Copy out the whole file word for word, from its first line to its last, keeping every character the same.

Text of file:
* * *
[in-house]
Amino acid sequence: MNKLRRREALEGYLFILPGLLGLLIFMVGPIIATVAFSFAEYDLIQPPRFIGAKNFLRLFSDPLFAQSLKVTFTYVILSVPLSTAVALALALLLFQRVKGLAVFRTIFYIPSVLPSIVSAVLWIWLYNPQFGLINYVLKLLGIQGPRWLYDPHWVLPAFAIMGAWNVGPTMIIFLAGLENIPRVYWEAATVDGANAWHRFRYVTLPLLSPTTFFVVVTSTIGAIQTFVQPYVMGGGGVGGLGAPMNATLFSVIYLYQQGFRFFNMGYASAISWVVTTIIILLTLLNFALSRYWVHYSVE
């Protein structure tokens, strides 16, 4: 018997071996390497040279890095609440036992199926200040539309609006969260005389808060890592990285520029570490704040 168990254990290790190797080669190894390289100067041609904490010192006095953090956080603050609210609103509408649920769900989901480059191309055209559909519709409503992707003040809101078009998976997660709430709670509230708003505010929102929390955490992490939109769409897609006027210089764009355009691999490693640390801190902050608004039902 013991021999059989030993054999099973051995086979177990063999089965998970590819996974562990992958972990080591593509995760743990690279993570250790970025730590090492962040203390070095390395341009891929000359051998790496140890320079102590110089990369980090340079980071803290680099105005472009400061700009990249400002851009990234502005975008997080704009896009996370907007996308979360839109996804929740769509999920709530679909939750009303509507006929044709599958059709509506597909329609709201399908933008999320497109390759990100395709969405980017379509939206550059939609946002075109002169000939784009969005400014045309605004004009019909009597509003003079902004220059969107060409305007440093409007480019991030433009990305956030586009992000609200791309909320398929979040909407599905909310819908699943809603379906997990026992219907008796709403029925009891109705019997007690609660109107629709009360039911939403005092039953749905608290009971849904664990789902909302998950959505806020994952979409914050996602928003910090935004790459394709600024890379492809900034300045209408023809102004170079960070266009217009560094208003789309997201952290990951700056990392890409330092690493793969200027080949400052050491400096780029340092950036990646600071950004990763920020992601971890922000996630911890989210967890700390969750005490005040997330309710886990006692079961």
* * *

[in-house]
Amino acid sequence: MNKLRRREALEGYLFILPGLLGLLIFMVGPIIATVAFSFAEYDLIQPPRFIGAKNFLRLFSDPLFAQSLKVTFTYVILSVPLSTAVALALALLLFQRVKGLAVFRTIFYIPSVLPSIVSAVLWIWLYNPQFGLINYVLKLLGIQGPRWLYDPHWVLPAFAIMGAWNVGPTMIIFLAGLENIPRVYWEAATVDGANAWHRFRYVTLPLLSPTTFFVVVTSTIGAIQTFVQPYVMGGGGVGGLGAPMNATLFSVIYLYQQGFRFFNMGYASAISWVVTTIIILLTLLNFALSRYWVHYSVE
């Protein structure tokens, strides 16, 4: 018997071996390497040279890095609440036992199926200040539309609006969260005389808060890592990285520029570490704040 168990254990290790190797080669190894390289100067041609904490010192006095953090956080603050609210609103509408649920769900989901480059191309055209559909519709409503992707003040809101078009998976997660709430709670509230708003505010929102929390955490992490939109769409897609006027210089764009355009691999490693640390801190902050608004039902 013991021999059989030993054999099973051995086979177990063999089965998970590819996974562990992958972990080591593509995760743990690279993570250790970025730590090492962040203390070095390395341009891929000359051998790496140890320079102590110089990369980090340079980071803290680099105005472009400061700009990249400002851009990234502005975008997080704009896009996370907007996308979360839109996804929740769509999920709530679909939750009303509507006929044709599958059709509506597909329609709201399908933008999320497109390759990100395709969405980017379509939206550059939609946002075109002169000939784009969005400014045309605004004009019909009597509003003079902004220059969107060409305007440093409007480019991030433009990305956030586009992000609200791309909320398929979040909407599905909310819908699943809603379906997990026992219907008796709403029925009891109705019997007690609660109107629709009360039911939403005092039953749905608290009971849904664990789902909302998950959505806020994952979409914050996602928003910090935004790459394709600024890379492809900034300045209408023809102004170079960070266009217009560094208003789309997201952290990951700056990392890409330092690493793969200027080949400052050491400096780029340092950036990646600071950004990763920020992601971890922000996630911890989210967890700390969750005490005040997330309710886990006692079961």